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LACA 2021 Member Survey – Water Quality Committee Update

April 01, 2022 12:00 AM | Anonymous member (Administrator)

By Harry Looney – April 2022

Thank you for participating in the 2021 LACA Member Survey.  The Water Quality Committee included four questions in the survey and water quality was included as responses in questions 30 and 31.  We would like to update our members on the results and the Committee’s status on responding to the inputs and comments. 

Question 1 dealt with how LACA communicates our water quality monitoring results.  All water quality data is posted on the LACA website under the Water Quality Committee page.  You can get to the Water Quality Committee landing page at this link: You can also view the plots and data maps posted for water quality and cyanobacteria monitoring at this link  LACA also provides updates on our Water Quality Monitoring Program through regular newsletter articles, Facebook updates, and E-grams.

The 2021 Member Survey results show that 64% of our members use the LACA website to obtain our water quality updates and 62% are also updated from our E-grams.  We received 44 comments on how our members obtain water quality information.  Many of our members receive information from the Central Virginian, their HOA newsletters, word of mouth, and through the Lake Anna Advisory Committee (LAAC).

Question 2 dealt with identifying other means for communicating HAB data and information.  71% of survey respondents selected SMS-texting to better communicate our water quality data.  Twitter received a 5% response and Instagram received a 7% response.  There were 95 comments to this question – a fantastic response!  The primary communications means addressed in the comments was email.  Local news media coverage was also mentioned by several of our members. In response to the large number of comments requesting email notices, the Water Quality Committee will send an email to all LACA members when water quality data is updated on our website.  In addition, given the overwhelming response to SMS text messaging, our Board is researching cost-effective messaging platforms that we could use to inform those of you that opt-in to this form of messaging.  More information on this form of communication with our members will be provided as we move toward adopting a messaging platform.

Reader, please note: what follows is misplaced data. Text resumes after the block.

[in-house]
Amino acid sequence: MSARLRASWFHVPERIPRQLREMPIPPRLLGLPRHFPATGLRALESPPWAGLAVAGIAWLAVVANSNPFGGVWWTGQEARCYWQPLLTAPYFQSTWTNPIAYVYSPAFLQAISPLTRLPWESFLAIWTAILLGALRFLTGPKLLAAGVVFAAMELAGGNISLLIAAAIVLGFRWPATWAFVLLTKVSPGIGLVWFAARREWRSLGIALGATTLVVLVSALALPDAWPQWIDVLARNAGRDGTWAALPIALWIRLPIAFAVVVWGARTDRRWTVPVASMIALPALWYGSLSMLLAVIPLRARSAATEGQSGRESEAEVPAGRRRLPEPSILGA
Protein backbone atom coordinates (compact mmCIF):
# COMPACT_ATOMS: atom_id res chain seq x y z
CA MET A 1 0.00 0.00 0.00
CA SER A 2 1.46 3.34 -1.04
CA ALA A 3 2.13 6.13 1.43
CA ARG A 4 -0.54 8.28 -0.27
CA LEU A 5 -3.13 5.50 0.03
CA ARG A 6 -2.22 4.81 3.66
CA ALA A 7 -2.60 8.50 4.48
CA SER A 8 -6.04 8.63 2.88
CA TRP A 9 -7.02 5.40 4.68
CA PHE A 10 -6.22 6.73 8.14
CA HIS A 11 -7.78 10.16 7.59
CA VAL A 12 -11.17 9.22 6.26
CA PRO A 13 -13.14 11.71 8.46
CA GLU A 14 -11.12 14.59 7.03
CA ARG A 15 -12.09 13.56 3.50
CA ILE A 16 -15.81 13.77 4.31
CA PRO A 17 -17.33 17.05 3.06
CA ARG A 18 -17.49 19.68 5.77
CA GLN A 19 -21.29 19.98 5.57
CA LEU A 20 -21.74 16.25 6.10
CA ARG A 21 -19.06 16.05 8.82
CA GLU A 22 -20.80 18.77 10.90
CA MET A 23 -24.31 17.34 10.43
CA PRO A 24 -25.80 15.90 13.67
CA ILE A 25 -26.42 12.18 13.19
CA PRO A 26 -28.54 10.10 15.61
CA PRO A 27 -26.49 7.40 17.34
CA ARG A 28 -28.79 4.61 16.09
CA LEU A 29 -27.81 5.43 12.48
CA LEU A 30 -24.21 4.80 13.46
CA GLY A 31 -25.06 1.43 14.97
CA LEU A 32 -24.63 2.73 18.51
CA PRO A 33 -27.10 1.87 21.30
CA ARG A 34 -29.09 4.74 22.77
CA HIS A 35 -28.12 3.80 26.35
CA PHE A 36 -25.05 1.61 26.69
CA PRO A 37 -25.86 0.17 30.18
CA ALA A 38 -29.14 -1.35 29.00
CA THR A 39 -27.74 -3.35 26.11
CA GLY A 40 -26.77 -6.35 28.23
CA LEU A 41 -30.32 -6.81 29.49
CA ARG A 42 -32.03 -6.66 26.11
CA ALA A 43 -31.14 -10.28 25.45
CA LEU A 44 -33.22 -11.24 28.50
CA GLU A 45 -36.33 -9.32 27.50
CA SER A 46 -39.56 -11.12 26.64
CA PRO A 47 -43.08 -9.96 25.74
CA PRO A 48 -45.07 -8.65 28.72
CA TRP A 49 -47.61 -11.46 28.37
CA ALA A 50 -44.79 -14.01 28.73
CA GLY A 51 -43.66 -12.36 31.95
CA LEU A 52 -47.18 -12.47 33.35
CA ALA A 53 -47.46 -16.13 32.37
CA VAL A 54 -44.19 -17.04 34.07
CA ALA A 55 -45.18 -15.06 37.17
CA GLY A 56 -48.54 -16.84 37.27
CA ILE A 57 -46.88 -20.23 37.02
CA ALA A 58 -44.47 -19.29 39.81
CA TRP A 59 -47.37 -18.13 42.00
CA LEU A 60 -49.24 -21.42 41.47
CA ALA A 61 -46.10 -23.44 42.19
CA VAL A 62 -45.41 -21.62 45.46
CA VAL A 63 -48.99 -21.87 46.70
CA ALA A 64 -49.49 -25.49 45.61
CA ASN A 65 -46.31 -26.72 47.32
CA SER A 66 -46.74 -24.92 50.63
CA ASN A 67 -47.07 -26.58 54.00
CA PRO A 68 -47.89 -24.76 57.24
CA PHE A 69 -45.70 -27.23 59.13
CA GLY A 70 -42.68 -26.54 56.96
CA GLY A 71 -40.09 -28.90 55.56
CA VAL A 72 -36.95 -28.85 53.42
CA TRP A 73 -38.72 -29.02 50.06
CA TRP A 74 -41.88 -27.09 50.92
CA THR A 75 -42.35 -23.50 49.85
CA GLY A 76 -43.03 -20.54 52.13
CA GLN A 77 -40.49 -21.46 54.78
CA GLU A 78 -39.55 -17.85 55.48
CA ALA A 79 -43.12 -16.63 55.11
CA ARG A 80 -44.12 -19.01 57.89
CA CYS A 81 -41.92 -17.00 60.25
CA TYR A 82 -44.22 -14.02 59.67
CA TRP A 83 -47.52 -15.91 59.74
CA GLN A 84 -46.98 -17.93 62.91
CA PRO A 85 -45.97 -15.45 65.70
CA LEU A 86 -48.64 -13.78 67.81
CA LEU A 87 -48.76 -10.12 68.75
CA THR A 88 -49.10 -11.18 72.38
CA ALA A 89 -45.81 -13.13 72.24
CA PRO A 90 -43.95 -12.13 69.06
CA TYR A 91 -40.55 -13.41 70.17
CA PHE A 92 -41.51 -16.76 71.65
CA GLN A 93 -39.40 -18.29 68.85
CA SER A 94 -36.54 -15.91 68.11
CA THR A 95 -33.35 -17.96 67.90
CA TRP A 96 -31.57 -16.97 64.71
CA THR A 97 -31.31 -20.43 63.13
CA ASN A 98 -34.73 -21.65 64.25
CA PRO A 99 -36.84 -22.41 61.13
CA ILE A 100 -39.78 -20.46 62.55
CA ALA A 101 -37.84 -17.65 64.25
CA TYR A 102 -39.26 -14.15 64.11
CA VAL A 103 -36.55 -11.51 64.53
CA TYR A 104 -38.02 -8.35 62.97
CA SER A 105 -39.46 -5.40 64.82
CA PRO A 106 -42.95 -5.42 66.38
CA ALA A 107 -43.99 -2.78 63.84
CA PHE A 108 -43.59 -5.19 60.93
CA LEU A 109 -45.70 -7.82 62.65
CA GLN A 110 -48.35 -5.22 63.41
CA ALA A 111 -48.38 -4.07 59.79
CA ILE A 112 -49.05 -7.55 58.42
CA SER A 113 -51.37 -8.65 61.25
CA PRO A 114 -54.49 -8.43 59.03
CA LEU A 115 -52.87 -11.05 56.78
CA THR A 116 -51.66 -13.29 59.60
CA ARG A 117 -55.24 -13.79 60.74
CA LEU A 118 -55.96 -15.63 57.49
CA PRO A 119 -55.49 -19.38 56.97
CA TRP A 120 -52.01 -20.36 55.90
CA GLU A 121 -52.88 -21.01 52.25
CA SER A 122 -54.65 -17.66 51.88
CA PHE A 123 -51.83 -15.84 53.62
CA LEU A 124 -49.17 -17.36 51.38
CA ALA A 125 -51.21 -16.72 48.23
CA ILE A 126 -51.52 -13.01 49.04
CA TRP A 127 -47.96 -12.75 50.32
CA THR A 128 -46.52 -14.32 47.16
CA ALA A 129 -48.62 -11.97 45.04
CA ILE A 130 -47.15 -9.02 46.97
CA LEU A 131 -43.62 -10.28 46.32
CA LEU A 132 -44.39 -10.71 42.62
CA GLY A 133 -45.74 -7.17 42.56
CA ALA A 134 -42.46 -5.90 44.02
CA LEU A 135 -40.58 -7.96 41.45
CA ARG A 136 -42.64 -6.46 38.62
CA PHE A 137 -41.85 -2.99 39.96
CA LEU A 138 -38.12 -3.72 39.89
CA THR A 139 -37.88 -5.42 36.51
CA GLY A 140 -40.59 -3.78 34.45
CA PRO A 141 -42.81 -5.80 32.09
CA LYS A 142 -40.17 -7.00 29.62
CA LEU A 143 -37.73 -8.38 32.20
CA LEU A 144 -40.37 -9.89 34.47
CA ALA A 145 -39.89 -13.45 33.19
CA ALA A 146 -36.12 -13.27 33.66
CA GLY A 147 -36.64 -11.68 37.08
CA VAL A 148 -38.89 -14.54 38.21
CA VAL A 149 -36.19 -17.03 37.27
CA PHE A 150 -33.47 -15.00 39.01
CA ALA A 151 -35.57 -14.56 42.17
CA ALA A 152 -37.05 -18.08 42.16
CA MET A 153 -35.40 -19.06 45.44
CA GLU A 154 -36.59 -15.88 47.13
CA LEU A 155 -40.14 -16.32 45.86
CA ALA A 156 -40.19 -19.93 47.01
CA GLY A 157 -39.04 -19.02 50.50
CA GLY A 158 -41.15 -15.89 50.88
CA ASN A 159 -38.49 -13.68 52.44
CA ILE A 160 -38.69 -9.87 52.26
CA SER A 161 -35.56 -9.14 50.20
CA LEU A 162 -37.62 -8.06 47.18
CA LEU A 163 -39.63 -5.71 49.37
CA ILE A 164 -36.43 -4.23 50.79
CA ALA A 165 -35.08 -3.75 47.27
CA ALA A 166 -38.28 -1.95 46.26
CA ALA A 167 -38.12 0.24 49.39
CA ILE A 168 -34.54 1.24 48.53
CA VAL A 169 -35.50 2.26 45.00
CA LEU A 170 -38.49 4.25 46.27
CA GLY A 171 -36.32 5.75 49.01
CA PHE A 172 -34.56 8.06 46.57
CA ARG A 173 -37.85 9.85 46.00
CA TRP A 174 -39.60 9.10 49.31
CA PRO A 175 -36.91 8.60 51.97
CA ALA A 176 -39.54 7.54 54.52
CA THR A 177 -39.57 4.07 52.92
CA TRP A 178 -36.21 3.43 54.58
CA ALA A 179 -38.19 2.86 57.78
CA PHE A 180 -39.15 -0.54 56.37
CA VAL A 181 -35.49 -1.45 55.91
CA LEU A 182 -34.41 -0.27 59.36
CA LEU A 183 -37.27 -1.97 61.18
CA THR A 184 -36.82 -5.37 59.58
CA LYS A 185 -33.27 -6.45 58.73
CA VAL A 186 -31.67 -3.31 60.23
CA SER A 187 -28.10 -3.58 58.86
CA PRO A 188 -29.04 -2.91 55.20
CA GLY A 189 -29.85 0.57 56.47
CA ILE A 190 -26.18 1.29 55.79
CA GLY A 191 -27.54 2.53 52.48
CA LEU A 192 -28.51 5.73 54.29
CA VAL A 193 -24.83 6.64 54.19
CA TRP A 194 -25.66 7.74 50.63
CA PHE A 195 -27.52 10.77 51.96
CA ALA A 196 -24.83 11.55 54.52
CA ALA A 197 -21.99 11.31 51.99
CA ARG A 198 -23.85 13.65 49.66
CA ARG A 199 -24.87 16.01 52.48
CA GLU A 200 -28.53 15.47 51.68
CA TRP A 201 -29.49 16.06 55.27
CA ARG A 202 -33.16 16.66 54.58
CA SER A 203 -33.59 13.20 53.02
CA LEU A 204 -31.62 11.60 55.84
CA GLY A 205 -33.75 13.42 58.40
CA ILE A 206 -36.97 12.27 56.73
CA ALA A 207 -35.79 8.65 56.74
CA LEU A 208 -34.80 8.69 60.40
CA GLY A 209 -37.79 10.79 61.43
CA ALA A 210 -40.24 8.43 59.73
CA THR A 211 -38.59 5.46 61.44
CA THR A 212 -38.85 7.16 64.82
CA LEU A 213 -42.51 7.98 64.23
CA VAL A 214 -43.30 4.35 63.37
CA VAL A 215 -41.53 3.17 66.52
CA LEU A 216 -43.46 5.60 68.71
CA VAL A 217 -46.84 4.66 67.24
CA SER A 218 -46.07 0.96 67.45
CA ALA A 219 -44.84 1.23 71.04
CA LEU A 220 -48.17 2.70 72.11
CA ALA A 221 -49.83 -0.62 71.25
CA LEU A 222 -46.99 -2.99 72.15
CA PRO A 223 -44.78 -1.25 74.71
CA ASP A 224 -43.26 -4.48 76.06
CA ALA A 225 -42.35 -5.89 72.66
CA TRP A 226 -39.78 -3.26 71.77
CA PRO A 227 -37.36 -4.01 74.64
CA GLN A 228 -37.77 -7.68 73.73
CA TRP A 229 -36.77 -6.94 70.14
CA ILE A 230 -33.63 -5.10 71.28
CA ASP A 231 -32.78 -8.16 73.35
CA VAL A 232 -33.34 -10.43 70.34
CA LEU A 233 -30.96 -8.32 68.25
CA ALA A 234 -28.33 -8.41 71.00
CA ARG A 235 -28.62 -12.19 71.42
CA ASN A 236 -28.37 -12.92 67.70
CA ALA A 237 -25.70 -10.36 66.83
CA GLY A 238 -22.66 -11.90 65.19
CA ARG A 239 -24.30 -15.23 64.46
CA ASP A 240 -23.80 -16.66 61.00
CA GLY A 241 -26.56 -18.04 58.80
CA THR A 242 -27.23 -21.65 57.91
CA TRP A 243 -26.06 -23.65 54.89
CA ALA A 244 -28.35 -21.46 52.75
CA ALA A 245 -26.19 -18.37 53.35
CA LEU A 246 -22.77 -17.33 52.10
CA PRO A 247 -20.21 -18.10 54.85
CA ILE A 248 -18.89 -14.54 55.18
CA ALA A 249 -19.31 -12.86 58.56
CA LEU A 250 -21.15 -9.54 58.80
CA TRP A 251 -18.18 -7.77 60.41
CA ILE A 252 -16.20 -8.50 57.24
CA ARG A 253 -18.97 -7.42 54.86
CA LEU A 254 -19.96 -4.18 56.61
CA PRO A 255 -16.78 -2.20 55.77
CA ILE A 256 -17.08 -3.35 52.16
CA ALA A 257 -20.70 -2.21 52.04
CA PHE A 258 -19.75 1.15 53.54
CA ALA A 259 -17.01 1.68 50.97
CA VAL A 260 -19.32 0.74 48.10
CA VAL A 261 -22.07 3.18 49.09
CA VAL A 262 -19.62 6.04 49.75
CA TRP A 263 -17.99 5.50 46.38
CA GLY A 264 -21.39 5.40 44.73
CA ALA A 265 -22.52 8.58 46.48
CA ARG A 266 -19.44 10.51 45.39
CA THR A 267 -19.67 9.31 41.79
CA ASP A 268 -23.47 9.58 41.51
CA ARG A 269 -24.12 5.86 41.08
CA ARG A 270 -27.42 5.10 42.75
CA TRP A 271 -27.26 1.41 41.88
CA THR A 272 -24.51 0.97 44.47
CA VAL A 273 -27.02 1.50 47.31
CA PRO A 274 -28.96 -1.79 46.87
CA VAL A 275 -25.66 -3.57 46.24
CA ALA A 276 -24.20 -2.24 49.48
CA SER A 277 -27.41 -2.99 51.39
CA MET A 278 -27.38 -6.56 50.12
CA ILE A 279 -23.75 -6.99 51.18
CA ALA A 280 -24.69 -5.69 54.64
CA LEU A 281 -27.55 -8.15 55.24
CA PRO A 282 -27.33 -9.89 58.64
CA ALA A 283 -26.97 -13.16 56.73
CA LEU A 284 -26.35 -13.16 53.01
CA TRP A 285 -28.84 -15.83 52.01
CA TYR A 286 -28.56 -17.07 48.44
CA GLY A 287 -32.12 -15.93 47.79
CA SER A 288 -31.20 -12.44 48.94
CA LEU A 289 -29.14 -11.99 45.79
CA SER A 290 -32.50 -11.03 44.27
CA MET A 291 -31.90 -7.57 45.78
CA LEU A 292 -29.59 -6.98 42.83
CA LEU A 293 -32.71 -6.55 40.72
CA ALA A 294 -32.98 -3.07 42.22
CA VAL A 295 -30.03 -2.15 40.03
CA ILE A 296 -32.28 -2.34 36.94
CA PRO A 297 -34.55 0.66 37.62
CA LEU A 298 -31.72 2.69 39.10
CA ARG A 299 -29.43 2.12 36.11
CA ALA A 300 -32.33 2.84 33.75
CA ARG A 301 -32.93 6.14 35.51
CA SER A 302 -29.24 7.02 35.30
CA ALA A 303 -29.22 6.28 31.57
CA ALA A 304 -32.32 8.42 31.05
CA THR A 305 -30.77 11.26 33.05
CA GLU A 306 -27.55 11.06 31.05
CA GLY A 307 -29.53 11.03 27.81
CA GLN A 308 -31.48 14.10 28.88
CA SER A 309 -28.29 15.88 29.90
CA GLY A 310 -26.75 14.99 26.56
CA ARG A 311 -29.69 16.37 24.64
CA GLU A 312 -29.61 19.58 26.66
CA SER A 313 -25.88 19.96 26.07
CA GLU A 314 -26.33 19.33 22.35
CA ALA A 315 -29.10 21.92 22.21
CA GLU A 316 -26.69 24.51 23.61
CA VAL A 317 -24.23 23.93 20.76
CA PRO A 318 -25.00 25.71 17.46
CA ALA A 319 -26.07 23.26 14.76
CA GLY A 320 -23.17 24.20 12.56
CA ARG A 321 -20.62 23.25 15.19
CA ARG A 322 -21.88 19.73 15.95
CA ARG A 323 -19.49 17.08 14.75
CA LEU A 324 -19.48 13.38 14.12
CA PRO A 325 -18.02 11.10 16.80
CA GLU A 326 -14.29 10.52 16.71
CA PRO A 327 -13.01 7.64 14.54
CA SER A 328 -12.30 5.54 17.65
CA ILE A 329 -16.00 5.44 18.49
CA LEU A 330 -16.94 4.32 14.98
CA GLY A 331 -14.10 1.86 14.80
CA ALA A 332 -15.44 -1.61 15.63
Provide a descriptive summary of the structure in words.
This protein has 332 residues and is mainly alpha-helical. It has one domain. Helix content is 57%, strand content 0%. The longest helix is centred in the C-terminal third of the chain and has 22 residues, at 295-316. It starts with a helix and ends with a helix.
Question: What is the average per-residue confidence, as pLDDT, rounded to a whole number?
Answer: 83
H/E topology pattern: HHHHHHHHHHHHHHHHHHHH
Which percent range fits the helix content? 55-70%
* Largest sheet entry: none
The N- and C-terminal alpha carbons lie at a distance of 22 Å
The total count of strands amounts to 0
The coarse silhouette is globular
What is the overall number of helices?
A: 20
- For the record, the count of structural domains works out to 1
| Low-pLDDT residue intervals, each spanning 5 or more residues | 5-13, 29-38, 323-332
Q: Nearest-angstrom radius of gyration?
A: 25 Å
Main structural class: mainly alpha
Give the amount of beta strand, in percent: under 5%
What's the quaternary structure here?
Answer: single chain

The Water Quality Committee is also researching existing crowd-sourcing platforms designed specifically to track and monitor HABs.  One such platform is BloomWatchhosted by the US Environmental Protection Agency (EPA). Please consider downloading and using this iOS and Android application and send us comments if you like it or if you know of other apps that we might use to keep our members informed of HAB status and LACA HAB responses in 2022.  Send your inputs to Harry Looney at

Question 3 asked if our research, data collection and analysis efforts impact use of the lake recreational resources.  87% of those responding stated that the information provided by LACA does impact their decision-making processes.

We are pleased that our program provides relevant, valuable information to our members but there is always room for improvement.  If you have any thoughts on how our efforts might be improved please reach out to the Water Quality Committee leads, Mike Gelber at and Harry Looney at

Question 4 asked if there are other water quality issues that you are concerned about.  There were 130 responses to this question. Here are a couple of the concerns that were brought to our attention.  While we are just listing a few of these concerns in this newsletter we are investigating each input to determine where LACA might be best positioned to address the concern.  E.coli monitoring was mentioned several times in the concerns.  LACA has tested for E.coli since we began water quality monitoring in 2002.  We sample all areas of the lake and several stream locations four times a year and publish those results on our Water Quality Data webpage.